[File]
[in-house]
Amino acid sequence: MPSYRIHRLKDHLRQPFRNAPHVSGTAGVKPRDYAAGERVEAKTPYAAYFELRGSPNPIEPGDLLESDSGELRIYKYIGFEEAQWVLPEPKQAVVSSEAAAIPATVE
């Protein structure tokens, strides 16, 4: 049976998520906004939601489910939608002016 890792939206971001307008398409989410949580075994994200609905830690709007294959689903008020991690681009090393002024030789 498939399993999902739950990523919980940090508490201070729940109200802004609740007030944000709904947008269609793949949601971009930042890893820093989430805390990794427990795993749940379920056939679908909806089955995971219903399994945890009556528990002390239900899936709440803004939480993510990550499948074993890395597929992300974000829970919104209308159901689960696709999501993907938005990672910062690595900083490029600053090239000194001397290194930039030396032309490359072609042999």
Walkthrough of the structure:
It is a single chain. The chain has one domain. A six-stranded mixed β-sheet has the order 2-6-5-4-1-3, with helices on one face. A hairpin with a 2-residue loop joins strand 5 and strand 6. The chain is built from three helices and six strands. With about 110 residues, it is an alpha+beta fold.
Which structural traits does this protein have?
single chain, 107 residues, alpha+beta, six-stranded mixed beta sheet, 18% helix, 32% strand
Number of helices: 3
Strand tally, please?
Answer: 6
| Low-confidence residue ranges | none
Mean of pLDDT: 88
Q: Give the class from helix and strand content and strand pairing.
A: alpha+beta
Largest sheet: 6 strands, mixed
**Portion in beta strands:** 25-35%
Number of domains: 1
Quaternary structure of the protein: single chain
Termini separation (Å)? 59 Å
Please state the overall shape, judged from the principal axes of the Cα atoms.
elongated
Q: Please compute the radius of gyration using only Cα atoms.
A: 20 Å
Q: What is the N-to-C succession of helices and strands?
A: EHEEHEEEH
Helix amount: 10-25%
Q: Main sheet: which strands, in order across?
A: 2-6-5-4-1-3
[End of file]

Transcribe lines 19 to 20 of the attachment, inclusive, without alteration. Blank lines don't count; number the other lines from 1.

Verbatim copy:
Termini separation (Å)? 59 Å
Please state the overall shape, judged from the principal axes of the Cα atoms.